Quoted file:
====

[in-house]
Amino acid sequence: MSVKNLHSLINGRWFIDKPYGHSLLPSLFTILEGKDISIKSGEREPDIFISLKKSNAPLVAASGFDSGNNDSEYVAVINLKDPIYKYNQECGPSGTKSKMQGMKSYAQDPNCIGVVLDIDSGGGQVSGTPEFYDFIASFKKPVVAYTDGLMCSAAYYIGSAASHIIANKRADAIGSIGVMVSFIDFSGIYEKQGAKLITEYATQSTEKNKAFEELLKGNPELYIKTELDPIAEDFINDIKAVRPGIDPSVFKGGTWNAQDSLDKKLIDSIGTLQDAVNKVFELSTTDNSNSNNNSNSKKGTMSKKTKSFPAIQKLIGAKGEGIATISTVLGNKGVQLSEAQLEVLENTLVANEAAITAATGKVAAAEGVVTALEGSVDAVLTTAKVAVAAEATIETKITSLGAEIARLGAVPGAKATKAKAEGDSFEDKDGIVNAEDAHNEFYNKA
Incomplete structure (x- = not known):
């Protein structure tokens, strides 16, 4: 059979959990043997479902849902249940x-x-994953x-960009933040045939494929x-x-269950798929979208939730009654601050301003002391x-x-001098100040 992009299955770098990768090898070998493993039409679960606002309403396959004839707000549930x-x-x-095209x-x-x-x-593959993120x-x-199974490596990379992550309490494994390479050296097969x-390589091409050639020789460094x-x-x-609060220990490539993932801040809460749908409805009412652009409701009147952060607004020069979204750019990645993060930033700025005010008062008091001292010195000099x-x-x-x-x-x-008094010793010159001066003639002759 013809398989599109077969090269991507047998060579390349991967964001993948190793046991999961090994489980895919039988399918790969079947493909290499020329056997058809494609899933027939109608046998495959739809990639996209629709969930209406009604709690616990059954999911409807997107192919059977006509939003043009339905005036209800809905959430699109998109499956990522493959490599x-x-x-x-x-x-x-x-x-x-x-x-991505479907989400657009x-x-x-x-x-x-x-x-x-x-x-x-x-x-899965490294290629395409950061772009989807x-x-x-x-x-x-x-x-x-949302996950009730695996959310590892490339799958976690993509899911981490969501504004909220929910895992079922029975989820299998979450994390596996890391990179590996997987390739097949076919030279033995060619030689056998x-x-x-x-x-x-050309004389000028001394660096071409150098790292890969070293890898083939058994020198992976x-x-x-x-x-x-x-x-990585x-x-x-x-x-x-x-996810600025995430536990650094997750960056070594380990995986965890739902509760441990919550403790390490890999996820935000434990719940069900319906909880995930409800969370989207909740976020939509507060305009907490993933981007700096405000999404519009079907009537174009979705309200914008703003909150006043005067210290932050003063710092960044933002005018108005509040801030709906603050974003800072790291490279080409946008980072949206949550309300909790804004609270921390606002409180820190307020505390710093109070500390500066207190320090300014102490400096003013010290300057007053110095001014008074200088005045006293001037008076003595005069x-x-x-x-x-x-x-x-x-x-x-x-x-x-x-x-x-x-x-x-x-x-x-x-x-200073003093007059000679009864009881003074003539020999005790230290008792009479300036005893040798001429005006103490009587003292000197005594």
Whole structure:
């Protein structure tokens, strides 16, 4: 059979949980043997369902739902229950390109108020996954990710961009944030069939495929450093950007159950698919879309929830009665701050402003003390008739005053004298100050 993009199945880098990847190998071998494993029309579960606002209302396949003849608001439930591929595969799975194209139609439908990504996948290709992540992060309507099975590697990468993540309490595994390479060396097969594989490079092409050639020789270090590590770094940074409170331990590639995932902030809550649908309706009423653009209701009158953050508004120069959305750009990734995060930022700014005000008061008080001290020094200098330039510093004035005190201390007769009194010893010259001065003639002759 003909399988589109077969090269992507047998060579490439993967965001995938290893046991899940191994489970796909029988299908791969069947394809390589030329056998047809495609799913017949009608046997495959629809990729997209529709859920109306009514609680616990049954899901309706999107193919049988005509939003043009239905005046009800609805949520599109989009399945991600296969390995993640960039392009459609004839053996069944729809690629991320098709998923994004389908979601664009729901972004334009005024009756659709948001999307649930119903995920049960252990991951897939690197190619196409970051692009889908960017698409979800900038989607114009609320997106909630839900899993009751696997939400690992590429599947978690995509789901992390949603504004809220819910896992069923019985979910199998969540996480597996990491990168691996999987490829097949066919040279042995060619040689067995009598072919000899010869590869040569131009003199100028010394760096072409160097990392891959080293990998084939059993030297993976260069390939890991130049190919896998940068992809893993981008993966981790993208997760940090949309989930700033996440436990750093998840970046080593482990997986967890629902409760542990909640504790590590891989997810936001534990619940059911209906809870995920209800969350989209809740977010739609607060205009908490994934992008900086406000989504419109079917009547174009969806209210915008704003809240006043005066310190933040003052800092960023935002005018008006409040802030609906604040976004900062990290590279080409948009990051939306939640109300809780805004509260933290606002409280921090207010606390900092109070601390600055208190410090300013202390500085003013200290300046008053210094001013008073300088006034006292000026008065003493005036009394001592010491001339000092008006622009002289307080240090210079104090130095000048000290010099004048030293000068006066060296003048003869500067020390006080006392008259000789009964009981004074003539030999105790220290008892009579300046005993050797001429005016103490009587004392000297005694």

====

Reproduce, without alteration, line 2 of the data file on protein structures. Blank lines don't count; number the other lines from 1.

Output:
Amino acid sequence: MSVKNLHSLINGRWFIDKPYGHSLLPSLFTILEGKDISIKSGEREPDIFISLKKSNAPLVAASGFDSGNNDSEYVAVINLKDPIYKYNQECGPSGTKSKMQGMKSYAQDPNCIGVVLDIDSGGGQVSGTPEFYDFIASFKKPVVAYTDGLMCSAAYYIGSAASHIIANKRADAIGSIGVMVSFIDFSGIYEKQGAKLITEYATQSTEKNKAFEELLKGNPELYIKTELDPIAEDFINDIKAVRPGIDPSVFKGGTWNAQDSLDKKLIDSIGTLQDAVNKVFELSTTDNSNSNNNSNSKKGTMSKKTKSFPAIQKLIGAKGEGIATISTVLGNKGVQLSEAQLEVLENTLVANEAAITAATGKVAAAEGVVTALEGSVDAVLTTAKVAVAAEATIETKITSLGAEIARLGAVPGAKATKAKAEGDSFEDKDGIVNAEDAHNEFYNKA